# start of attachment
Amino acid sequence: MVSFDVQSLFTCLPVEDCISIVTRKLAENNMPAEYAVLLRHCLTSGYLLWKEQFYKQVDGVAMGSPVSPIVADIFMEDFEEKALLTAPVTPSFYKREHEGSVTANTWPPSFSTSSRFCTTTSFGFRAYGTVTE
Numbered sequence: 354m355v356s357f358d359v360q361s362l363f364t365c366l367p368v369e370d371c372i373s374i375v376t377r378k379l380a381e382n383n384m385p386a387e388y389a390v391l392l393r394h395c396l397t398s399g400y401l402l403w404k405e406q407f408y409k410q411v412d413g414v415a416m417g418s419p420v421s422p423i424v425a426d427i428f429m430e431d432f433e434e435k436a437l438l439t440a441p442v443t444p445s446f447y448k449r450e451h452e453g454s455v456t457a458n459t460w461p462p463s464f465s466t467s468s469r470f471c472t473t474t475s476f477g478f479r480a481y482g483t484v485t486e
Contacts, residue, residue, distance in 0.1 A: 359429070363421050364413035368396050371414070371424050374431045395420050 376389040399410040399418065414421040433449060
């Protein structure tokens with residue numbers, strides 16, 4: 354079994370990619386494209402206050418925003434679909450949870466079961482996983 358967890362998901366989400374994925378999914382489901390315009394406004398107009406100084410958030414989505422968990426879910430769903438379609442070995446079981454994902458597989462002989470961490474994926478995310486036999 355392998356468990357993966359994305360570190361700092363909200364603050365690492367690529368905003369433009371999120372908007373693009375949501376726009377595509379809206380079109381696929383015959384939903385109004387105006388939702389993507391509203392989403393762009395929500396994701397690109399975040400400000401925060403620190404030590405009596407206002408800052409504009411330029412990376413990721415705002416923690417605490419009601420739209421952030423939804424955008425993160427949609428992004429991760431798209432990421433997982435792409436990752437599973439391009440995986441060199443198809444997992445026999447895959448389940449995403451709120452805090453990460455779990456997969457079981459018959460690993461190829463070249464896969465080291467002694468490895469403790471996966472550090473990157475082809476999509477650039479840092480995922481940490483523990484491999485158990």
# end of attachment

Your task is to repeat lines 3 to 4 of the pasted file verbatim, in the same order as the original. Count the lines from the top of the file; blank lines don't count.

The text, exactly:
Contacts, residue, residue, distance in 0.1 A: 359429070363421050364413035368396050371414070371424050374431045395420050 376389040399410040399418065414421040433449060
């Protein structure tokens with residue numbers, strides 16, 4: 354079994370990619386494209402206050418925003434679909450949870466079961482996983 358967890362998901366989400374994925378999914382489901390315009394406004398107009406100084410958030414989505422968990426879910430769903438379609442070995446079981454994902458597989462002989470961490474994926478995310486036999 355392998356468990357993966359994305360570190361700092363909200364603050365690492367690529368905003369433009371999120372908007373693009375949501376726009377595509379809206380079109381696929383015959384939903385109004387105006388939702389993507391509203392989403393762009395929500396994701397690109399975040400400000401925060403620190404030590405009596407206002408800052409504009411330029412990376413990721415705002416923690417605490419009601420739209421952030423939804424955008425993160427949609428992004429991760431798209432990421433997982435792409436990752437599973439391009440995986441060199443198809444997992445026999447895959448389940449995403451709120452805090453990460455779990456997969457079981459018959460690993461190829463070249464896969465080291467002694468490895469403790471996966472550090473990157475082809476999509477650039479840092480995922481940490483523990484491999485158990």